With his latest EP Chocolate Money available in stores now, London based producer Kelpe not only contributed to our podcast. We also got the chance to speak to him about how he became a musician, his production methods and we take a look-out at future releases.
Maybe you can just start by introducing yourself?
I’m Kelpe, my real name is Kel McKeown, and I make instrumental electronic music and beats
Do you remember the first time you were fascinated by music?
I can’t really remember specifically the first time I enjoyed music, but I remember when I was a really young toddler sitting when my mum was playing the piano and she’d let me play the low notes at the same time she was playing. Not sure why she let me as it probably sounded awful. But the first time wanting to be involved with music was when I was a teenager, into punk bands and playing in a crap band with my friends. I’d also been messing around with an Amiga computer and a sampler but I can’t remember if that was before or after the band.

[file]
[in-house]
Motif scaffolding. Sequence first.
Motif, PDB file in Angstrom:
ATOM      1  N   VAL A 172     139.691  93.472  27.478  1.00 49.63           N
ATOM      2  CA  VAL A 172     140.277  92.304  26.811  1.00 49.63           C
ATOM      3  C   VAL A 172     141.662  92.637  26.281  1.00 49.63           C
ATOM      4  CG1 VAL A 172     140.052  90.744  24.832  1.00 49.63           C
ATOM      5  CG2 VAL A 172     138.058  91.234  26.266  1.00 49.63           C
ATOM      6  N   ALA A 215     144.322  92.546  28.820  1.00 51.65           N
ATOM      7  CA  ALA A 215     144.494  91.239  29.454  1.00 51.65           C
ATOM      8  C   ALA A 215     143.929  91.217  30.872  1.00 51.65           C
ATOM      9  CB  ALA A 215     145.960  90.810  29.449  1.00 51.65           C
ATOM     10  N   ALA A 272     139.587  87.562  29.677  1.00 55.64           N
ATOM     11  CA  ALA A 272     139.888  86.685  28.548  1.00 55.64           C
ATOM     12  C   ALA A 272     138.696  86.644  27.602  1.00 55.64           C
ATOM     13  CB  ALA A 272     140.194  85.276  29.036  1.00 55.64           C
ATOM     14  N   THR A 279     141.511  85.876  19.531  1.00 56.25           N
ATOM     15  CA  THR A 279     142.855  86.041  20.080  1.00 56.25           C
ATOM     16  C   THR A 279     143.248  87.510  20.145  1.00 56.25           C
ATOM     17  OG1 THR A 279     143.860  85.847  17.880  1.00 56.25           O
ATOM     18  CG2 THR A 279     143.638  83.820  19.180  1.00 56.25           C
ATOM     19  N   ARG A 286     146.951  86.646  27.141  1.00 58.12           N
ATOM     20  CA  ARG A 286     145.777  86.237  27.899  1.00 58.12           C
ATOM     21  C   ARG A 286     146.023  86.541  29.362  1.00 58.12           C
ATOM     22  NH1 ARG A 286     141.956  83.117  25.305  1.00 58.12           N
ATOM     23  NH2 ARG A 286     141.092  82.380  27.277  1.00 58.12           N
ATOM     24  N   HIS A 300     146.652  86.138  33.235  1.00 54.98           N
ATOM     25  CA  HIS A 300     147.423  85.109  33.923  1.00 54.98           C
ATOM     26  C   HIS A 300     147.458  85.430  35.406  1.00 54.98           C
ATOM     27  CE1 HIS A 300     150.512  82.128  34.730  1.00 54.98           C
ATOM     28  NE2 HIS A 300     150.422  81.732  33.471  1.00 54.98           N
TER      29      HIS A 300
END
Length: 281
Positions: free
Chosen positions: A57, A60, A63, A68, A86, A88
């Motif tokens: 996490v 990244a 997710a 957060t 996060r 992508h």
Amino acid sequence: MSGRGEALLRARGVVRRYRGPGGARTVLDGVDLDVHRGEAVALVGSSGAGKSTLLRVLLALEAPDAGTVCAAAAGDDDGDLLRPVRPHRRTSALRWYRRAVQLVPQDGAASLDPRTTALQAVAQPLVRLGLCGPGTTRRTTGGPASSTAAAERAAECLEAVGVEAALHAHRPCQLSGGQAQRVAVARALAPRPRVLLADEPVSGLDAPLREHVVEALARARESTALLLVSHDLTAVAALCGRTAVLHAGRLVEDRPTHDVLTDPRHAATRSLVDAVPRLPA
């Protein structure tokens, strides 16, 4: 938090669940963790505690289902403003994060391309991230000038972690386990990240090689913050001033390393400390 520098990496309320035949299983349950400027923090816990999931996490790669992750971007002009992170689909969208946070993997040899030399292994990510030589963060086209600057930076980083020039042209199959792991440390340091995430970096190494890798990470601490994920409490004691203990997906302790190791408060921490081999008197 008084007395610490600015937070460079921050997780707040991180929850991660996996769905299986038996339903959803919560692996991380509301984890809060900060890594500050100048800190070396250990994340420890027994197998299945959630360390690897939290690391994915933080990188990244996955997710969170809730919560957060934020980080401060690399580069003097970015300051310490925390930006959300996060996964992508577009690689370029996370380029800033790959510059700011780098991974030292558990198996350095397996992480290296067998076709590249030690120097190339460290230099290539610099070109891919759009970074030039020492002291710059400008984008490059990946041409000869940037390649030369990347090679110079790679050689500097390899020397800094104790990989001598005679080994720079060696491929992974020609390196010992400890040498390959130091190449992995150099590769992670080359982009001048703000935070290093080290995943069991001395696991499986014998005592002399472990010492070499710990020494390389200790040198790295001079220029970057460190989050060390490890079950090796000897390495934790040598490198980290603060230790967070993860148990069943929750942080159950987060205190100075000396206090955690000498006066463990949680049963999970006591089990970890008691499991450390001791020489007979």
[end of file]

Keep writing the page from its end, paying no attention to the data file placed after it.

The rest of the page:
Ah, the good old Amiga!
Yeah, that was great fun, ProTracker and OctaMED. I had this computer game where you fly a plane and I found where the sound of the engine was stored and swapped it for a drum break, and when I played the game the engine would be a drum break, speeding up and slowing down with the plane, etc.
How serious where those attempts on the Amiga and what music where you into at the time?
I was into Altern8 and The Prodigy (the really early stuff) at the time of making that stuff. I was really into it, so I sort of took it seriously, although not seriuous enough to keep hold of what I made, if I heard it again -which i never will- it would probably sound pretty weak. But I used to spend a lot of time doing it, I was quite nerdy actually
So what were the influences on what you do now? Did you just keep on making music?